In the 70-761 exam covers the SQL Server 2016. Since this exam covers the data query, most of the topics that are included in the 70-461 exam are also covered. So, if you are familiar with that exam, then you are in luck!

If not, then I would recommend that you check out our study guide as it details every topic is included in the 70-761 exam.

The purpose of this post is to highlight the added topics, which fortunately are few.

JSON – JavaScript Object Notation

JSON is a popular text format used for exchanging data between applications. It is used in mobile apps and is used to store unstructured data. Are you familiar with XML? Then, you need to check out this example.

With the prevalence of JSON, it just makes sense that the SQL Server can handle this format as it can with XML. With the key JSON capabilities, you would want to focus on the 70-761 exam regarding how to:

  • Store JSON documents in SQL Server
  • Import JSON documents into SQL Server
  • Index JSON data
  • Validate JSON data
  • Query and modify JSON data using built-in functions.

To prep for this section of the 70-761 exam, I recommend visiting the post JSON data in SQL Server.

Temporal Tables

A temporal is part of the ANSI SQL 2011 specification.  A temporal table provides built-in support for providing information about data stored at any given time within a table, as opposed to the last save.  Since this is new to the SQL Server 2016, you can expect to see this heavily covered within the 70-761 exam.

70-761 Exam Temporal Tables

This would allow for a point-in-time analysis as a full history of the table, where changes are maintained without the DBA having to keep separate log files.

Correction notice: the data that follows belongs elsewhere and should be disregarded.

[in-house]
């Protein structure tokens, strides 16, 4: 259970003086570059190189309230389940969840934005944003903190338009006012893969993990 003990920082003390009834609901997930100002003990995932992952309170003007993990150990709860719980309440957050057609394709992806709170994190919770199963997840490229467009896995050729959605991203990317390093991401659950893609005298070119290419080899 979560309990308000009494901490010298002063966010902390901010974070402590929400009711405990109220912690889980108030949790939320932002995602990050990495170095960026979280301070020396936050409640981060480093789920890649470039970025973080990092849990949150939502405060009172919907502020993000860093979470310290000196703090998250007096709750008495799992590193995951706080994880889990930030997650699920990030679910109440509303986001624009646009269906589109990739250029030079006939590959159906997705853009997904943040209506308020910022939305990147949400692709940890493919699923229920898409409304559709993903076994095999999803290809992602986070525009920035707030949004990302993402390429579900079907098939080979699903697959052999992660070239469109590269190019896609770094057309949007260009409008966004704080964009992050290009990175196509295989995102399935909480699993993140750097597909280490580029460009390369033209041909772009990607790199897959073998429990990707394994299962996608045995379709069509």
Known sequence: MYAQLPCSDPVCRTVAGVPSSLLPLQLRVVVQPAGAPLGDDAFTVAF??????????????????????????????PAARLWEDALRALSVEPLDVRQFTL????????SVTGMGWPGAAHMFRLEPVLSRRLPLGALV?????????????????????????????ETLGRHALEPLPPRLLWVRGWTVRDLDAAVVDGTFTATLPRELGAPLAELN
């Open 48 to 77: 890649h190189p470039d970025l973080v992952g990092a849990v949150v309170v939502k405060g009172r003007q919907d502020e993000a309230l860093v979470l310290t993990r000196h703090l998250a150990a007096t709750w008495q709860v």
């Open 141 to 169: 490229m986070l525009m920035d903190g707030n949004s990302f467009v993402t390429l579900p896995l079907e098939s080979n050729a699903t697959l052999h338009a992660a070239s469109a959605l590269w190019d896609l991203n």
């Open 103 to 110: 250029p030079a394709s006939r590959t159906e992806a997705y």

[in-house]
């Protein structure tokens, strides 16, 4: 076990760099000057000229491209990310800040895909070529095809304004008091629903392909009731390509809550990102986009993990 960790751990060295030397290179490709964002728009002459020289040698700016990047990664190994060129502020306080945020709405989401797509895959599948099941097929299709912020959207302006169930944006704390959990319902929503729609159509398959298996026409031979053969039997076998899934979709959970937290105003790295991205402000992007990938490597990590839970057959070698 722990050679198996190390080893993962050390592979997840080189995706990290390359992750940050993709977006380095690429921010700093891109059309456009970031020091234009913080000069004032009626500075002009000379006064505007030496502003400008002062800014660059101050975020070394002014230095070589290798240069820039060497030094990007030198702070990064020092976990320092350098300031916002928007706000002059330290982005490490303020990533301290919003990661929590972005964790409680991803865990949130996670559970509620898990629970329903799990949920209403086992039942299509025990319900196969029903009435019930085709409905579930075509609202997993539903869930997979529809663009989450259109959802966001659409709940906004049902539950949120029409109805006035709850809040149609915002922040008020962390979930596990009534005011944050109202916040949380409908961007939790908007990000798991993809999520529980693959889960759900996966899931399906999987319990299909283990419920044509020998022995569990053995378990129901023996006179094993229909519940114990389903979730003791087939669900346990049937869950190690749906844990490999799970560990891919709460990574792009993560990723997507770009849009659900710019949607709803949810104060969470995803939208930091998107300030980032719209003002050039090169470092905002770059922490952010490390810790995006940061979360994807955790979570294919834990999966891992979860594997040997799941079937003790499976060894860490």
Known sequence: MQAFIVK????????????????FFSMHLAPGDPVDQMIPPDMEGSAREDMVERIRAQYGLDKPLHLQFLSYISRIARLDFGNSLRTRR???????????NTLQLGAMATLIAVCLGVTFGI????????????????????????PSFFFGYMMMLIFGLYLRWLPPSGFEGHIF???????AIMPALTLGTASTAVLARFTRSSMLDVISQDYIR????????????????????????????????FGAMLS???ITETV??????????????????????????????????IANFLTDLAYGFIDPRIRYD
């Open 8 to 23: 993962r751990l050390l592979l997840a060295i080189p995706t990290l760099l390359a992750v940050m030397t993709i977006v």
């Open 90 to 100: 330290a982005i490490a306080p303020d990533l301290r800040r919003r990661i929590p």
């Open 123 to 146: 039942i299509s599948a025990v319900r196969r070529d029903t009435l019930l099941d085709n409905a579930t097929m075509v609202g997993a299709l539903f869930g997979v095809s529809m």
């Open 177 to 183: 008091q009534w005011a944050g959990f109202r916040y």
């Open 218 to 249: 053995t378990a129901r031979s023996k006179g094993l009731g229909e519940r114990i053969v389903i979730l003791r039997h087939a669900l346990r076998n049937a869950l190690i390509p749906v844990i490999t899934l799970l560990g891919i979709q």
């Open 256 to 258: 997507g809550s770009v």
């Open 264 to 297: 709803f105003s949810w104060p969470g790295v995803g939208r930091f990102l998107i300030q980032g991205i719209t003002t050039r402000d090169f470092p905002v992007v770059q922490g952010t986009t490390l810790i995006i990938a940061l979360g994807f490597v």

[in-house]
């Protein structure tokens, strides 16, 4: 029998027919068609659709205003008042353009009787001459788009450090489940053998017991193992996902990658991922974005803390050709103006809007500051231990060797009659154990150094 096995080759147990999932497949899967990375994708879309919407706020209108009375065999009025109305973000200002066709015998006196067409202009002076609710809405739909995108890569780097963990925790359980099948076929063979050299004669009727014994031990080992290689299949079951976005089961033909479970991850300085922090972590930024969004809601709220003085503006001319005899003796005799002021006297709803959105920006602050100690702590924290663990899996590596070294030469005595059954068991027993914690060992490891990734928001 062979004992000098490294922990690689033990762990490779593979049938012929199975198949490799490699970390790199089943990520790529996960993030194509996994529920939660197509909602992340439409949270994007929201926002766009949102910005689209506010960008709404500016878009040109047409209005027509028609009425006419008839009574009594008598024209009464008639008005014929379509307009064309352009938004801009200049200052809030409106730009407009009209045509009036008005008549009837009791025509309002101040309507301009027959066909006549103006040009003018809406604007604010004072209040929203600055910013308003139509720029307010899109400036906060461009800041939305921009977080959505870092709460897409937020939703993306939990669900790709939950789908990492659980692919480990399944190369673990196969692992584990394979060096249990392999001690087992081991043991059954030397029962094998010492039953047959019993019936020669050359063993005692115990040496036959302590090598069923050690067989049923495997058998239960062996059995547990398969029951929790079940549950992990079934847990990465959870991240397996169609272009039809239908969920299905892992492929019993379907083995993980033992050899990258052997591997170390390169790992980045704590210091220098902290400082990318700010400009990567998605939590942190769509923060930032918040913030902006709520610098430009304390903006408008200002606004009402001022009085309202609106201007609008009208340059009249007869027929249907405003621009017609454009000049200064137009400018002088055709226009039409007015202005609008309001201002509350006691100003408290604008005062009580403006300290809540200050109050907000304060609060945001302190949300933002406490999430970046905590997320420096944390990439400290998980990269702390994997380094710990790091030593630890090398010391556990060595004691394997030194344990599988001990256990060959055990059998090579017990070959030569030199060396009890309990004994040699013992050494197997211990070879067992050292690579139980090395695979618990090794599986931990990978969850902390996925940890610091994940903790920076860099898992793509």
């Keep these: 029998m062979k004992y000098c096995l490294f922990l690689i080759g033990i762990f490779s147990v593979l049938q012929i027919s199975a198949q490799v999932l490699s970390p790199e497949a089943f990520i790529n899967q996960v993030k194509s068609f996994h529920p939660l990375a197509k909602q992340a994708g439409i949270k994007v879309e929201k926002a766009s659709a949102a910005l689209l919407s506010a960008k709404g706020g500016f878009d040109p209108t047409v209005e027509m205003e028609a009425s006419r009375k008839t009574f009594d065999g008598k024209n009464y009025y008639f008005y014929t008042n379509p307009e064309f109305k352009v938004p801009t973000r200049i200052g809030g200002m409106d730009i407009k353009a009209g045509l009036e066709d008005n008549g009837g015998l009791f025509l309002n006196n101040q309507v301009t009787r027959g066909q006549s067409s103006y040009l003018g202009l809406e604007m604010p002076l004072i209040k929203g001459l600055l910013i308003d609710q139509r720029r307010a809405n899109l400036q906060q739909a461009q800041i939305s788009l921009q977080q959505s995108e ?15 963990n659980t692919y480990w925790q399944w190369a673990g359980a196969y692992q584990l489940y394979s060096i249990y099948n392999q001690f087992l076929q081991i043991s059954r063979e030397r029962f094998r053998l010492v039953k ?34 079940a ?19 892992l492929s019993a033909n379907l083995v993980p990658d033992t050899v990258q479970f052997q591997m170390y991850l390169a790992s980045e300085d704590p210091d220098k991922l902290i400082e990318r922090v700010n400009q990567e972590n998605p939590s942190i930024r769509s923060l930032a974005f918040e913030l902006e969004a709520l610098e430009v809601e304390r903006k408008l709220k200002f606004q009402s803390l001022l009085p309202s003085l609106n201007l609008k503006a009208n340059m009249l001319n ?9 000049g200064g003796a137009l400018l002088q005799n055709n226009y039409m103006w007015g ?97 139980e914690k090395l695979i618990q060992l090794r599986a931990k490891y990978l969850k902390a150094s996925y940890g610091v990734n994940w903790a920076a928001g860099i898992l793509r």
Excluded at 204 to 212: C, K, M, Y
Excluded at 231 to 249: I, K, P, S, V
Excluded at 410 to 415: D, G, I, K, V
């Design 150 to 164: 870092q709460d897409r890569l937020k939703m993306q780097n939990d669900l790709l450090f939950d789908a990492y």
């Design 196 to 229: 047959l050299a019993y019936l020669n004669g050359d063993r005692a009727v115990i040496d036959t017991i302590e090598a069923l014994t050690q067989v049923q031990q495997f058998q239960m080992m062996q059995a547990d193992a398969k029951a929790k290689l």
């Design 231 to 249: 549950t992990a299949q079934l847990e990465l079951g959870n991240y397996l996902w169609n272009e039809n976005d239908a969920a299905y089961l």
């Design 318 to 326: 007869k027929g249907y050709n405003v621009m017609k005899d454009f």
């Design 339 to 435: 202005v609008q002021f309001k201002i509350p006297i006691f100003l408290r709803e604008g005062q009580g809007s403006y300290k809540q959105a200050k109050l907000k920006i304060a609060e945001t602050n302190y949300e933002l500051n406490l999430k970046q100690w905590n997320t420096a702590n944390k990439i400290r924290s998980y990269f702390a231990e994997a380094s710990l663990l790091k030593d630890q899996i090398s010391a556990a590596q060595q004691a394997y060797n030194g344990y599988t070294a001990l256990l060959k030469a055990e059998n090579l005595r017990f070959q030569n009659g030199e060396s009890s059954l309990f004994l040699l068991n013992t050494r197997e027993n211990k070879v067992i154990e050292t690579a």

There are several reasons to use temporal tables including:

  • Auditing – provide a built-in audit trail of changes.
  • Constructing Trends – provides a means to show trends in data changes.
  • Forensics – show a history of data changes
  • Recovering from accidental data changes.

You want to know how temporal tables work – how to create temporal tables and query them.

Each of these three concepts are new, but the extensions of items you should already know. For example:

Creating Tables – You’ll still use the CREATE Table command; however, now you specify a history table.

Querying Tables: This is when temporal tables are created, special column SysStartTime and SysEndTime are created, and their values are automatically maintained. For you to query temporal tables, you will have to query a special column named SYSTEM_TIME.

Conclusion

Though there aren’t many new topics on the exam, they can be conceptually difficult. So, please study!

Speaking of studying, may I recommend you to our 70-761 Exam resource page? In there, you will find several useful articles, books, and guides to help you with your certification.

About the author 

Kris Wenzel

Kris Wenzel has been working with databases over the past 28 years as a developer, analyst, and DBA. He has a BSE in Computer Engineering from the University of Michigan and a MBA from the University of Notre Dame. Kris has written hundreds of blog articles and many online courses. He loves helping others learn SQL.

  • {"email":"Email address invalid","url":"Website address invalid","required":"Required field missing"}
    >